Omnium Gatherum: Trees, Television, and Texts

Jacob Akey, Crier Staff

Here on the Hilltop, we have a ginkgo tree. These trees are special because all their leaves can fall in a single day, usually after the first frost of autumn. The trees reproduce unusually, with some being male and others being female. You are unlikely to find any furniture made with ginkgo lumber because it smells like manure when green. The trees originate in China and can reportedly survive for thousands of years. Six ginkgo trees survived the atomic bombing of Hiroshima, being some of the only plants alive near the blast’s epicenter. Our ginkgo comes from a seed of the Hiroshima six. One Saint Anselm RA, Noah Manuel, has made a game of guessing when the ginkgo’s leaves will fall. The winner gets candy corn. 

Squid Game is the shot in the arm Netflix needs. Two years ago, the streaming giant was king of the world. The upstarts Amazon Prime and Hulu posed no threat, and viewership was strong. The COVID lockdown would bring massive viewing hours to the company, and Tiger King became a cultural lodestone. Today, the market is very different for Netflix. The Hulu/Disney+/ESPN+ bundle provides incredible value. Amazon Prime consistently puts out high-quality content and HBO Max has brought the spectacle of the big screen into the homes of millions. Also troubling, the smaller competitors like Paramount+ and Peacock hoover up content that Netflix desperately needs. The once-dominant Netflix is losing market share with no end in sight. To staunch the bleeding, the streaming service needed new buzz-worthy content, and Squid Game is it. The South Korean thriller focuses on a debt-ridden man who has failed at life. He is a gambling addict cared for by his elderly mother. This man is offered a chance at salvation: an opportunity to play children’s games for a cash reward. The catch is that if he loses, he dies. The show is well made with a solid premise and snappy pacing. Best of all, (at least from Netflix’s perspective) the show is practically made for water-cooler talk. Who is running the game? Who will survive? Every episode brings new questions, and that makes Squid Game a must-watch.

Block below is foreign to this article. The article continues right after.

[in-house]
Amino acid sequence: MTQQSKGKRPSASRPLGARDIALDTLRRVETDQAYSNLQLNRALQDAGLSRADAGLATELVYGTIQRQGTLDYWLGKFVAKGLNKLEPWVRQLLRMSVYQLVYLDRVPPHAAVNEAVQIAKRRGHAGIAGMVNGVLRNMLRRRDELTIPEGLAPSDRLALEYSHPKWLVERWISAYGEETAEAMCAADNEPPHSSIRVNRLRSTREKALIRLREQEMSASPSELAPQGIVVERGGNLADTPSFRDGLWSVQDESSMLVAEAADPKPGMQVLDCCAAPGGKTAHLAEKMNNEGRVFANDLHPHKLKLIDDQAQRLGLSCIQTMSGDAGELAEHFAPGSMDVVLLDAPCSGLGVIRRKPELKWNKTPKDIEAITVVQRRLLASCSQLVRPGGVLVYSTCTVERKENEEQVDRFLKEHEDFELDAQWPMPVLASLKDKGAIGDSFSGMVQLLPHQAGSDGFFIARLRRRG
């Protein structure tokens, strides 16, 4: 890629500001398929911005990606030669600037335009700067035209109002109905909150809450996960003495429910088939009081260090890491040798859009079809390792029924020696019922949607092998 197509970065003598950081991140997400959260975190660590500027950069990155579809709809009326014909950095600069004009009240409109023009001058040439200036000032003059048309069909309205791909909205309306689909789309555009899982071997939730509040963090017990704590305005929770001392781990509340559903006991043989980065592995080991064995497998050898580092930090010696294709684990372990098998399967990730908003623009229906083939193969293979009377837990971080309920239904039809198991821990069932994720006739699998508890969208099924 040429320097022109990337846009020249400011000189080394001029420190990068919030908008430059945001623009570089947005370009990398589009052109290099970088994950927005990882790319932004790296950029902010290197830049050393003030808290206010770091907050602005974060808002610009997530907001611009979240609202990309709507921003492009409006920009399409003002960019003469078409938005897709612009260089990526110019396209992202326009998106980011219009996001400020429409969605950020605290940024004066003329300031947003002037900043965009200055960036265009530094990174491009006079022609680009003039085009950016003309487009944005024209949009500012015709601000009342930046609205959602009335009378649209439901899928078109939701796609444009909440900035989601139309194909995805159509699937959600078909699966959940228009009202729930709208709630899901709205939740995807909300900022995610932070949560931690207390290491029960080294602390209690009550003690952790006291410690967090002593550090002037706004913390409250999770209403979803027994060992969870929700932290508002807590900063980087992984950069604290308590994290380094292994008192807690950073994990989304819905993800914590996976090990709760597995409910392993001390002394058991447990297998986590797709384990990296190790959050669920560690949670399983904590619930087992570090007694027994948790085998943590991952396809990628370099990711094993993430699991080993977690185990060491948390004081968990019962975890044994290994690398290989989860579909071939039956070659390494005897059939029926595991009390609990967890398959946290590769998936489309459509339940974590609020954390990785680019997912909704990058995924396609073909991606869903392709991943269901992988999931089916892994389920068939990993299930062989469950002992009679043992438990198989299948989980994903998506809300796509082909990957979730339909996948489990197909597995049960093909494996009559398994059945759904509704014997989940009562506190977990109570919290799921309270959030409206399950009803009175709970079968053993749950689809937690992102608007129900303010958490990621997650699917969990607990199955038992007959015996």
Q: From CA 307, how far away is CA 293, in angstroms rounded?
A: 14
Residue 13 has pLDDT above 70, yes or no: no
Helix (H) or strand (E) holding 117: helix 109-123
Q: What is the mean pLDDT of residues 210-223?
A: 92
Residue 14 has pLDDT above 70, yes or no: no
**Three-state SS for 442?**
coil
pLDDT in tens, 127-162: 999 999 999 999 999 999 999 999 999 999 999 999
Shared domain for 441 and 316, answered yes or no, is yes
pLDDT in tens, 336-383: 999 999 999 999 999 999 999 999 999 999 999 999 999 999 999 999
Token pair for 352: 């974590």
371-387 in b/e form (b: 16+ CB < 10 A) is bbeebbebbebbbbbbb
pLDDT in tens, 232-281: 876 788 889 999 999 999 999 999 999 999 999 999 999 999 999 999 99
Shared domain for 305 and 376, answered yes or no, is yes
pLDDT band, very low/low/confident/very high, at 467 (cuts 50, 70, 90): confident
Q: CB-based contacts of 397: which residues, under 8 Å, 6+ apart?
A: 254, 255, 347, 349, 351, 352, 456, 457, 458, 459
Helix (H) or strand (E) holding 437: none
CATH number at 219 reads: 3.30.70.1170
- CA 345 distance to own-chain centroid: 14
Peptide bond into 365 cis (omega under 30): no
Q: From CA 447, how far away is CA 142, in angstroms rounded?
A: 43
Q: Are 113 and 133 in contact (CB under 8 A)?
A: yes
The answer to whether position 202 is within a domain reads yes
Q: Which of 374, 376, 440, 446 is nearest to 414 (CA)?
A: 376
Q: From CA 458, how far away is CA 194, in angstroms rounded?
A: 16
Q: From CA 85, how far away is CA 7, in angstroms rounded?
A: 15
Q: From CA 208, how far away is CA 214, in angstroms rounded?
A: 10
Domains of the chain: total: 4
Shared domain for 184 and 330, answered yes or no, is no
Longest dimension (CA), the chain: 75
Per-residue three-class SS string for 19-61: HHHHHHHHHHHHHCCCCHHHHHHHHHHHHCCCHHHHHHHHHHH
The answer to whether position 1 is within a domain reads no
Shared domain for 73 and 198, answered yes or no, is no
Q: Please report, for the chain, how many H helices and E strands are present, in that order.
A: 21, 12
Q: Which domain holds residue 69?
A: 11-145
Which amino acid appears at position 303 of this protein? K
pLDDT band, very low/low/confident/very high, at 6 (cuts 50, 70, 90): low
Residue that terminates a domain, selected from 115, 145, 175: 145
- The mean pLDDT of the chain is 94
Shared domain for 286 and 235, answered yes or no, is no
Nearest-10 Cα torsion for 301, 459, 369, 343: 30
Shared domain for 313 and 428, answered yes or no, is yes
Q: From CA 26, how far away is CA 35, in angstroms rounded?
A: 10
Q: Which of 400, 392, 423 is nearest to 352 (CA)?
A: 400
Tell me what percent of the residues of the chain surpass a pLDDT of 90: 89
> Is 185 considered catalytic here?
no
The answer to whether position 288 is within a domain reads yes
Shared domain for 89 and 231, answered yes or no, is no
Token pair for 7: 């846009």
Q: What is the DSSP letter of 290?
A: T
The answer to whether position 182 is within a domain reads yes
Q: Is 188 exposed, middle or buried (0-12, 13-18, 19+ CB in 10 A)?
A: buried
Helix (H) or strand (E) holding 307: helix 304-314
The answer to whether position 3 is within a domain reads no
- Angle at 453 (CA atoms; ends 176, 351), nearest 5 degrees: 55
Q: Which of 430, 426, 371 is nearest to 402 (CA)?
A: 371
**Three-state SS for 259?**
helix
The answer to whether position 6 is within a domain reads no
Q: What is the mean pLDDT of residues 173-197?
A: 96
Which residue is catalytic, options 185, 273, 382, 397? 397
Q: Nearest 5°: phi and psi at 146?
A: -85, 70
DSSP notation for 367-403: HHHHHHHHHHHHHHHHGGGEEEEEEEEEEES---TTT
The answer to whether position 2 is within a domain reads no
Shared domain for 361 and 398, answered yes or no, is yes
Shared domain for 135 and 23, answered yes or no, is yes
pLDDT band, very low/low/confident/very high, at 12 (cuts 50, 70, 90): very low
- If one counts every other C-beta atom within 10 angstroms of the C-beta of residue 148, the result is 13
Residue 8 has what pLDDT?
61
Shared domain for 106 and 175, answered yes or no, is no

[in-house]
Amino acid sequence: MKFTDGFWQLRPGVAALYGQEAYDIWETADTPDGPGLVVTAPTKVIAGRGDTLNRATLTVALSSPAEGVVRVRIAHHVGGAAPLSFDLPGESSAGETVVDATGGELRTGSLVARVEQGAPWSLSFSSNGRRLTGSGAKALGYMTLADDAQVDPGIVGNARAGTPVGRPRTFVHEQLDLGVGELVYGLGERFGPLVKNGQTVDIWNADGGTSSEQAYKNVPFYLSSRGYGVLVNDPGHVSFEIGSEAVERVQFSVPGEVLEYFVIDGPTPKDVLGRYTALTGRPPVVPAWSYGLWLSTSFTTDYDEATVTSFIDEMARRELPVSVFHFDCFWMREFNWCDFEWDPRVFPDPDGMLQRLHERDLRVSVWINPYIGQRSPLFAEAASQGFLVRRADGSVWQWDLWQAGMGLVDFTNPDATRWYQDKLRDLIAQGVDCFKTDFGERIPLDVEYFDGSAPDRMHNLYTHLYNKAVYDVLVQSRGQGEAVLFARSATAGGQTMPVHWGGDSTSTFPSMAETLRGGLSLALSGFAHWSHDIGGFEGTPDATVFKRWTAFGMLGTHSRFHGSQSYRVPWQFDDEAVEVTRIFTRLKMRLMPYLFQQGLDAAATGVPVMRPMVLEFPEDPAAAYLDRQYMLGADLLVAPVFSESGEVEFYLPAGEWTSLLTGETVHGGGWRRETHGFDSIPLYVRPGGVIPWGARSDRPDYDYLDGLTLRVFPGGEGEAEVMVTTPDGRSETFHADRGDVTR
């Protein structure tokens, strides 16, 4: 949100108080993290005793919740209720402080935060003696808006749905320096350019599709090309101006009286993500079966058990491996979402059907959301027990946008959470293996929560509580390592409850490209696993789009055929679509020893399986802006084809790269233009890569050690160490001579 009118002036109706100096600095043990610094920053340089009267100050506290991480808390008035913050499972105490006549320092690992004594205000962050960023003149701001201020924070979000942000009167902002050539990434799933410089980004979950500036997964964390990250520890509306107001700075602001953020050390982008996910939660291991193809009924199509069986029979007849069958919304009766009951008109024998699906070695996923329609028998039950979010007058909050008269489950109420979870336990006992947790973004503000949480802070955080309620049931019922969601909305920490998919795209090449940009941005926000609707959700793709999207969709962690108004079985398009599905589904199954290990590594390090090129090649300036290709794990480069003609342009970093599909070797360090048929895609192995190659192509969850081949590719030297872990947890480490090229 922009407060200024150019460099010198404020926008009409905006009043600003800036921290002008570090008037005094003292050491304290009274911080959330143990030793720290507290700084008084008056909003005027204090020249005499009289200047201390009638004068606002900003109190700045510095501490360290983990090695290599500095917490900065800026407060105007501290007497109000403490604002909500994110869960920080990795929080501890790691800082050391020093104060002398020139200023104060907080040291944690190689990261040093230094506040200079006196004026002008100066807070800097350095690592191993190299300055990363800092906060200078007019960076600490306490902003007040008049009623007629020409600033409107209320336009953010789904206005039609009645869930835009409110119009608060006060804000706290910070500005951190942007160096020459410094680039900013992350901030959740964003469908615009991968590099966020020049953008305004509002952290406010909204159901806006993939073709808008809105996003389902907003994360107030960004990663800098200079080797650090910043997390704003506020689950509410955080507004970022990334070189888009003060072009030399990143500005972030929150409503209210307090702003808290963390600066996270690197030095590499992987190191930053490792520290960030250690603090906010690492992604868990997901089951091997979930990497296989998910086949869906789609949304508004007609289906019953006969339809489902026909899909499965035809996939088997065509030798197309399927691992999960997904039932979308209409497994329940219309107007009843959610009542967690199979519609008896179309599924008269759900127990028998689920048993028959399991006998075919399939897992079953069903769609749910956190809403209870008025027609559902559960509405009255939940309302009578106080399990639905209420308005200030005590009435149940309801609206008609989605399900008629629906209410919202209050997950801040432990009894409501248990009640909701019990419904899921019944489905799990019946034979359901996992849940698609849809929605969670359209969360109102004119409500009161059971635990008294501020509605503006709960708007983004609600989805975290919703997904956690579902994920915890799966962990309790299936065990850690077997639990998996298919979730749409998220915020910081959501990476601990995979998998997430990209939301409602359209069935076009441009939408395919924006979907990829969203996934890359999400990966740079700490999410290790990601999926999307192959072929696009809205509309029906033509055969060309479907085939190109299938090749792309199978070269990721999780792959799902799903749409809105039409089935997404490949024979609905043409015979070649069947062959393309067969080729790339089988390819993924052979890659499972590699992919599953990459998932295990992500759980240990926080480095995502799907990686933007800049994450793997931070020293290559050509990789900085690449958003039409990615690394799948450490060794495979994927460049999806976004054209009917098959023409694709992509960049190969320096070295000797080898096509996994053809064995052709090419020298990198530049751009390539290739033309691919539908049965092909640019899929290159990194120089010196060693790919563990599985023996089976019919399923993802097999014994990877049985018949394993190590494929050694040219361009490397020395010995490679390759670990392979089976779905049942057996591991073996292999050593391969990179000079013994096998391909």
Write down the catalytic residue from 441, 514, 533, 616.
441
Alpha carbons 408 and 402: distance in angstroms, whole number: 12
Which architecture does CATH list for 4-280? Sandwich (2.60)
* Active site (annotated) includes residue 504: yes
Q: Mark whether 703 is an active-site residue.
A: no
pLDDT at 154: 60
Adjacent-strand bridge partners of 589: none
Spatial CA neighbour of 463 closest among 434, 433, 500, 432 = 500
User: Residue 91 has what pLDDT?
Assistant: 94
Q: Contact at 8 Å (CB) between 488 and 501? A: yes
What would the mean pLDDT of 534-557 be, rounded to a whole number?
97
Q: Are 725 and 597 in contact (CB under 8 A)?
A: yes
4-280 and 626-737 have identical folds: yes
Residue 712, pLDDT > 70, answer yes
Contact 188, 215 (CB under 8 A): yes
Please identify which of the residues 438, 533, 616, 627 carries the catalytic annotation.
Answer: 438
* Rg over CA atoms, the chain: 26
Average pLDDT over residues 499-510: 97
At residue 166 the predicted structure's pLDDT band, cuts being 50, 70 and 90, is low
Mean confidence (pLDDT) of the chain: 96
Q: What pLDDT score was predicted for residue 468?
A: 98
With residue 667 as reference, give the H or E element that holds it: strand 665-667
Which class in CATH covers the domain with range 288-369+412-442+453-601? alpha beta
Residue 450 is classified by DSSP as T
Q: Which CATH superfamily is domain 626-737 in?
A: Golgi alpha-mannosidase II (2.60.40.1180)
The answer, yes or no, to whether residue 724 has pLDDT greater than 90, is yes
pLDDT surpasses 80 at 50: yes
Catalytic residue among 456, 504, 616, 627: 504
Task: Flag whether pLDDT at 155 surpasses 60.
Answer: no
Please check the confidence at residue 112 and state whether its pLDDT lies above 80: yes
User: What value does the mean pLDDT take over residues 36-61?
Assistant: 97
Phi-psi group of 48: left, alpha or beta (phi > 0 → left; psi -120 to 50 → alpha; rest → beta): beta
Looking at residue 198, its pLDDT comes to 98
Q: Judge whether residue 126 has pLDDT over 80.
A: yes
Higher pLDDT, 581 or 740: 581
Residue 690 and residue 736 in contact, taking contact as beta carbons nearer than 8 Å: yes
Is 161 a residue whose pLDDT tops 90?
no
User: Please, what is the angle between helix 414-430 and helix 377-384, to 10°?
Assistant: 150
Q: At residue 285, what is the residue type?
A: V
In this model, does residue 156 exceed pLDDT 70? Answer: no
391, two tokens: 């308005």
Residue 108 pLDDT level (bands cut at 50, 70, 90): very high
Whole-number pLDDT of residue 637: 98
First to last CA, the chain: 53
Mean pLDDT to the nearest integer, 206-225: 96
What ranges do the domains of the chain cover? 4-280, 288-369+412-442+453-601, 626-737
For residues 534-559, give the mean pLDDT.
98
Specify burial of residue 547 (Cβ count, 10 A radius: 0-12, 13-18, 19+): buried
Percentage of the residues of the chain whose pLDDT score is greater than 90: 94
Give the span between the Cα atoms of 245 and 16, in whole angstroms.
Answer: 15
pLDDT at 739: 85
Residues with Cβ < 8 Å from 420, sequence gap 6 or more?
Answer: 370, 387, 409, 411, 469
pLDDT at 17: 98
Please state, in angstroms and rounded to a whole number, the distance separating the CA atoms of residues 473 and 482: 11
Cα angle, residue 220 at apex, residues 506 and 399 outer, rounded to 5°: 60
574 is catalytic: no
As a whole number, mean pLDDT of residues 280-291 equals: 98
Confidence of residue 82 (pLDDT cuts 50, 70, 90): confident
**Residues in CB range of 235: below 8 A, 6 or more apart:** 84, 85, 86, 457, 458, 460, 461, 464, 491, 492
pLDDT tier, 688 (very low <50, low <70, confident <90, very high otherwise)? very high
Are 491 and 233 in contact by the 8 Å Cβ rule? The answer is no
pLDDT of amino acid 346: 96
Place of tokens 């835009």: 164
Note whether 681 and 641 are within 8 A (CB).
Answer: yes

No end in sight for dining woes. Several weeks ago, at the AVI town hall, Saint Anselm’s AVI director said that labor and food shortages would worsen before they got better. It appears that she was correct. C-Shop is closed on Sundays to give staff a break, and student complaints about quality in Davison have worsened. There seems to be no coming salvation. I have no solutions; we are stuck with what we have. The only advice I can offer is to avoid the alfredo sauce. 

Book collecting is often hereditary. It certainly is for me. My father was a Great Books major here at Saint Anselm, and his love for the printed word has, much to my mother’s horror, been passed down. She has seen her house consumed by our combined collection, and every new addition must be smuggled inside to avoid her wroth. While my father focuses on the epics that have shaped Western civilization, my interests are more esoteric. An atlas of local roads, the autobiography of a little-known but much-loved muralist, or a collection of hometown mythology is more my style. At the Geisel Library book sale this past weekend, I got the chance to add to my collection. The hidden gem I discovered was a signed first edition copy of Linda Reinberg’s In The Field: The Language of The Vietnam War. If you are interested in books, especially rare ones, I recommend The Booksellers (available on Amazon Prime). The film is a lighthearted documentary about the history of selling rare books in New York City. While the books and their prices are undoubtedly fascinating, the film’s heart is a cast of eccentric booksellers and collectors. As much as any of the books they handle, this group is a history of 20th Century NYC. If you love books, history, or the city that never sleeps, you will enjoy The Booksellers.

I stand corrected. Last issue I claimed alcohol abuse on campus was an issue that “nobody wants to talk about.” I was wrong, and campus alcohol abuse was on the front page. Good.